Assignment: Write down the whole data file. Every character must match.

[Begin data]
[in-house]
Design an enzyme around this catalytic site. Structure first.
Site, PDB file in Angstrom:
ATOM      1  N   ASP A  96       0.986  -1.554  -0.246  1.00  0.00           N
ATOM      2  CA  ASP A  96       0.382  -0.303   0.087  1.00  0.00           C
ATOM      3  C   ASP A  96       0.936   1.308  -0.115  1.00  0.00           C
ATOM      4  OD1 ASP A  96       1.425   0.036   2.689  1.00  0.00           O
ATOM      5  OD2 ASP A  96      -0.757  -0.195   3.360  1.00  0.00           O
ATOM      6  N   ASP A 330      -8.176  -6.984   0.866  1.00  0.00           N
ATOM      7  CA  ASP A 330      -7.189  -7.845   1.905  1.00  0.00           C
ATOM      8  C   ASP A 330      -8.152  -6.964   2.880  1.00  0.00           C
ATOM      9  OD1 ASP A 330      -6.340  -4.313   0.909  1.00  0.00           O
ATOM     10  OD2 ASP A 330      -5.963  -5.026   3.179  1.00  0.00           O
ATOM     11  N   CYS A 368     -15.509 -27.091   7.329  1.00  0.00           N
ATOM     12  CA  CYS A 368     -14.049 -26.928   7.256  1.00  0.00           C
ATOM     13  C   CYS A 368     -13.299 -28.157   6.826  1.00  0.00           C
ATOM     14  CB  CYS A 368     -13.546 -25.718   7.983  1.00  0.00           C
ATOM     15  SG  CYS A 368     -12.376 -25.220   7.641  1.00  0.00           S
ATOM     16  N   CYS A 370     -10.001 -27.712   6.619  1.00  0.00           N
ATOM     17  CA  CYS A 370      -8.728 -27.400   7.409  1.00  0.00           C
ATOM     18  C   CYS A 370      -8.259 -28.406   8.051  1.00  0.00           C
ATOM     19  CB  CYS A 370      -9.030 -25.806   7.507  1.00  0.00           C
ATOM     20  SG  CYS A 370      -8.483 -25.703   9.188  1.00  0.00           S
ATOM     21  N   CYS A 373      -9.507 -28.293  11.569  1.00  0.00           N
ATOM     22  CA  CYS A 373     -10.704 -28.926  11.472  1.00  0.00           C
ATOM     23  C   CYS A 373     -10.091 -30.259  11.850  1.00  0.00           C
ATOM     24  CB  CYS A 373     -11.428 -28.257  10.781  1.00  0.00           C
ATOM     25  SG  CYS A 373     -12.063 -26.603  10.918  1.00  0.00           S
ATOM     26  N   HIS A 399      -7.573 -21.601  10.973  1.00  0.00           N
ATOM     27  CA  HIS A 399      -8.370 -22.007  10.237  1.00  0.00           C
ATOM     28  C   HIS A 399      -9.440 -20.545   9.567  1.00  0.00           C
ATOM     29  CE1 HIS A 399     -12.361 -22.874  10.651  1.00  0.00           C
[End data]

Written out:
[in-house]
Design an enzyme around this catalytic site. Structure first.
Site, PDB file in Angstrom:
ATOM      1  N   ASP A  96       0.986  -1.554  -0.246  1.00  0.00           N
ATOM      2  CA  ASP A  96       0.382  -0.303   0.087  1.00  0.00           C
ATOM      3  C   ASP A  96       0.936   1.308  -0.115  1.00  0.00           C
ATOM      4  OD1 ASP A  96       1.425   0.036   2.689  1.00  0.00           O
ATOM      5  OD2 ASP A  96      -0.757  -0.195   3.360  1.00  0.00           O
ATOM      6  N   ASP A 330      -8.176  -6.984   0.866  1.00  0.00           N
ATOM      7  CA  ASP A 330      -7.189  -7.845   1.905  1.00  0.00           C
ATOM      8  C   ASP A 330      -8.152  -6.964   2.880  1.00  0.00           C
ATOM      9  OD1 ASP A 330      -6.340  -4.313   0.909  1.00  0.00           O
ATOM     10  OD2 ASP A 330      -5.963  -5.026   3.179  1.00  0.00           O
ATOM     11  N   CYS A 368     -15.509 -27.091   7.329  1.00  0.00           N
ATOM     12  CA  CYS A 368     -14.049 -26.928   7.256  1.00  0.00           C
ATOM     13  C   CYS A 368     -13.299 -28.157   6.826  1.00  0.00           C
ATOM     14  CB  CYS A 368     -13.546 -25.718   7.983  1.00  0.00           C
ATOM     15  SG  CYS A 368     -12.376 -25.220   7.641  1.00  0.00           S
ATOM     16  N   CYS A 370     -10.001 -27.712   6.619  1.00  0.00           N
ATOM     17  CA  CYS A 370      -8.728 -27.400   7.409  1.00  0.00           C
ATOM     18  C   CYS A 370      -8.259 -28.406   8.051  1.00  0.00           C
ATOM     19  CB  CYS A 370      -9.030 -25.806   7.507  1.00  0.00           C
ATOM     20  SG  CYS A 370      -8.483 -25.703   9.188  1.00  0.00           S
ATOM     21  N   CYS A 373      -9.507 -28.293  11.569  1.00  0.00           N
ATOM     22  CA  CYS A 373     -10.704 -28.926  11.472  1.00  0.00           C
ATOM     23  C   CYS A 373     -10.091 -30.259  11.850  1.00  0.00           C
ATOM     24  CB  CYS A 373     -11.428 -28.257  10.781  1.00  0.00           C
ATOM     25  SG  CYS A 373     -12.063 -26.603  10.918  1.00  0.00           S
ATOM     26  N   HIS A 399      -7.573 -21.601  10.973  1.00  0.00           N
ATOM     27  CA  HIS A 399      -8.370 -22.007  10.237  1.00  0.00           C
ATOM     28  C   HIS A 399      -9.440 -20.545   9.567  1.00  0.00           C
ATOM     29  CE1 HIS A 399     -12.361 -22.874  10.651  1.00  0.00           C